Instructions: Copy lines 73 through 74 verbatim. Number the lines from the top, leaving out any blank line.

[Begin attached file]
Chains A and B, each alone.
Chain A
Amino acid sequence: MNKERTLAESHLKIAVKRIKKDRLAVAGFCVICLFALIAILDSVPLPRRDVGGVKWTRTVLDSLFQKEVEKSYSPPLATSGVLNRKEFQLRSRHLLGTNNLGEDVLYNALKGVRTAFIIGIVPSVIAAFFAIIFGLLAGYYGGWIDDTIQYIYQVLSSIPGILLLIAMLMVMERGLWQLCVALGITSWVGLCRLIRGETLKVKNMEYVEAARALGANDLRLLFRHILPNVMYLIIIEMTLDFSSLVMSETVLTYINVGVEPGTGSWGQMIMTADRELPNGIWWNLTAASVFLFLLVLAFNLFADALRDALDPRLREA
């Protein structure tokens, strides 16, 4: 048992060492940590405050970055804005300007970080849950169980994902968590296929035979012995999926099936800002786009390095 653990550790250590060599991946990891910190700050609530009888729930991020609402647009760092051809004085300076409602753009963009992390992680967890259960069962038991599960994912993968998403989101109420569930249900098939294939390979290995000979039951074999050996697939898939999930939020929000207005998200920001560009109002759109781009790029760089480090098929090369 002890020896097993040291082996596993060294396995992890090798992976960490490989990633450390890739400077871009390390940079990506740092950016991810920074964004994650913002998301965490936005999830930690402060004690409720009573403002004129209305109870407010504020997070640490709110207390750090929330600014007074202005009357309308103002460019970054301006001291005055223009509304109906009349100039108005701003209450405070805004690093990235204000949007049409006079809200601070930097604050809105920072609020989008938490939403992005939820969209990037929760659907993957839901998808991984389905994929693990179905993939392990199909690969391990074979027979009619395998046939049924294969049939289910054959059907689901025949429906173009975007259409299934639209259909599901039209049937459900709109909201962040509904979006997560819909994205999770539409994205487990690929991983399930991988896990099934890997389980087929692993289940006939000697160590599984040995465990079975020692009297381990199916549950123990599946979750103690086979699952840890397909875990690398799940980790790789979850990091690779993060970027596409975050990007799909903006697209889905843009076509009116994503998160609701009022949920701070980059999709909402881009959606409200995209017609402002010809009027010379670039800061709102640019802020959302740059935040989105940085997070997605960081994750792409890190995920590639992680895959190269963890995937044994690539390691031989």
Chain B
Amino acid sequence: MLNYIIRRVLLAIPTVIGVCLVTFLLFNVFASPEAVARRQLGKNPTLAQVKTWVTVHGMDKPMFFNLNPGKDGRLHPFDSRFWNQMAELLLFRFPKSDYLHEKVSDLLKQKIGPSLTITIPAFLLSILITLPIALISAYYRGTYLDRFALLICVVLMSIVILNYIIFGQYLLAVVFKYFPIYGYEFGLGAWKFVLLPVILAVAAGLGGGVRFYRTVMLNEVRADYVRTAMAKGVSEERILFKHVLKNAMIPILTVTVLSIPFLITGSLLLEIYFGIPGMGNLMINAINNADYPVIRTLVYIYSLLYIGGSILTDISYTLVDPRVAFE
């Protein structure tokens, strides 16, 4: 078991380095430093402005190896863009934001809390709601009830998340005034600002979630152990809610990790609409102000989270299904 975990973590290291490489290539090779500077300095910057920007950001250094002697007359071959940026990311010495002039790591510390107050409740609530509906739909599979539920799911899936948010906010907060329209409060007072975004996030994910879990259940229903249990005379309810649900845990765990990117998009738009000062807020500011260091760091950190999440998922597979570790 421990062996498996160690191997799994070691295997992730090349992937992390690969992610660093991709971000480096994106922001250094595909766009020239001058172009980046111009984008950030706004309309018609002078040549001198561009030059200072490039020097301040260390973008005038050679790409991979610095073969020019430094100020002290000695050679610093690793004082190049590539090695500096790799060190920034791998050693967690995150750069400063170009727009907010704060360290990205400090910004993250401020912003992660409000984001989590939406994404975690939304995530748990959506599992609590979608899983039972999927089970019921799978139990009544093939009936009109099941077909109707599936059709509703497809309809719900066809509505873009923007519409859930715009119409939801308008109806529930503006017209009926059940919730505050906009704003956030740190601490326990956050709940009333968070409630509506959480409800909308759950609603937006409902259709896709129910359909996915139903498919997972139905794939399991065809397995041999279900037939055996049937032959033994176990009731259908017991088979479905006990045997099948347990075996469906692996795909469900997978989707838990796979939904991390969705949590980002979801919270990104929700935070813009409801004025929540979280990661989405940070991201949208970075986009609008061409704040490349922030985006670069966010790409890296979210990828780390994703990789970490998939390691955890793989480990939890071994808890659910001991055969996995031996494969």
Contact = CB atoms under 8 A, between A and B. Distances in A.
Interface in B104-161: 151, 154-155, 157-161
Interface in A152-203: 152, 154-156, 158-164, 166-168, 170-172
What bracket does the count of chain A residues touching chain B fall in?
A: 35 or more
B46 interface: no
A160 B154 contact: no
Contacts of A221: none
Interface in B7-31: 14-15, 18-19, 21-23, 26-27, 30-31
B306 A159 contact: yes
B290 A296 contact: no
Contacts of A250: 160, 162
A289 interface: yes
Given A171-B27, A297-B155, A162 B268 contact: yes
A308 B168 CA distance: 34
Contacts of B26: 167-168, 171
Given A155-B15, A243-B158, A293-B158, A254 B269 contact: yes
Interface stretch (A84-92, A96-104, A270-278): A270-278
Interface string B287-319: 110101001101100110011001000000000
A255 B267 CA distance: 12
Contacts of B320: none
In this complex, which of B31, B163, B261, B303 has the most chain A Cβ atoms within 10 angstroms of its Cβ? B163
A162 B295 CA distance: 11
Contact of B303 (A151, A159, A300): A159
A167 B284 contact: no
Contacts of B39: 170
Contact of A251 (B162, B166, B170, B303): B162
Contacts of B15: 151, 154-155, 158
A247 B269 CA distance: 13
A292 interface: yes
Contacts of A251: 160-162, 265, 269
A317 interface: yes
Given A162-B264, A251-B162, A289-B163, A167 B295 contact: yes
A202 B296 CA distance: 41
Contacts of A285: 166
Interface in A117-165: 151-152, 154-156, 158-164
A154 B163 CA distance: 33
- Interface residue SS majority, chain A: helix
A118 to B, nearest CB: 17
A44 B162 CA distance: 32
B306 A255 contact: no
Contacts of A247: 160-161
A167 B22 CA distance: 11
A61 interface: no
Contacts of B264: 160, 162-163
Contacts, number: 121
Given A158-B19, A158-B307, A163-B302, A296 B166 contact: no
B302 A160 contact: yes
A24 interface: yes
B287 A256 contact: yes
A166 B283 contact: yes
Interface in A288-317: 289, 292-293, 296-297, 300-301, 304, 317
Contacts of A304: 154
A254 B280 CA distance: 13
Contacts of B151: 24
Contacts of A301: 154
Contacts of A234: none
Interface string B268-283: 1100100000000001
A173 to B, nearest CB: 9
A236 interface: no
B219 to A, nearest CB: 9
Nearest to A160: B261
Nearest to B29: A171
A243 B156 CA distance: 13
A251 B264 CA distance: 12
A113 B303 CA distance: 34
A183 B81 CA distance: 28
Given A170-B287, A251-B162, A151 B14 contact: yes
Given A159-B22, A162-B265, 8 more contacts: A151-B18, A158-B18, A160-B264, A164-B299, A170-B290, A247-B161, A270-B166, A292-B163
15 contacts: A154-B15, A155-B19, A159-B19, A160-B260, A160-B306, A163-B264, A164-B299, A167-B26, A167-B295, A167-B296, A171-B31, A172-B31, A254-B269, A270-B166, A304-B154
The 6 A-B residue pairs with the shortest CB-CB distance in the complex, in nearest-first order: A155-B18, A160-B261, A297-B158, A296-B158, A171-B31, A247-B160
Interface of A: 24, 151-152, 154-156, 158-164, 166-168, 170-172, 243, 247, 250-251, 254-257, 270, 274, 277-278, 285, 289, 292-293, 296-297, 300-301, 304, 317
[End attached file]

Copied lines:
A113 B303 CA distance: 34
A183 B81 CA distance: 28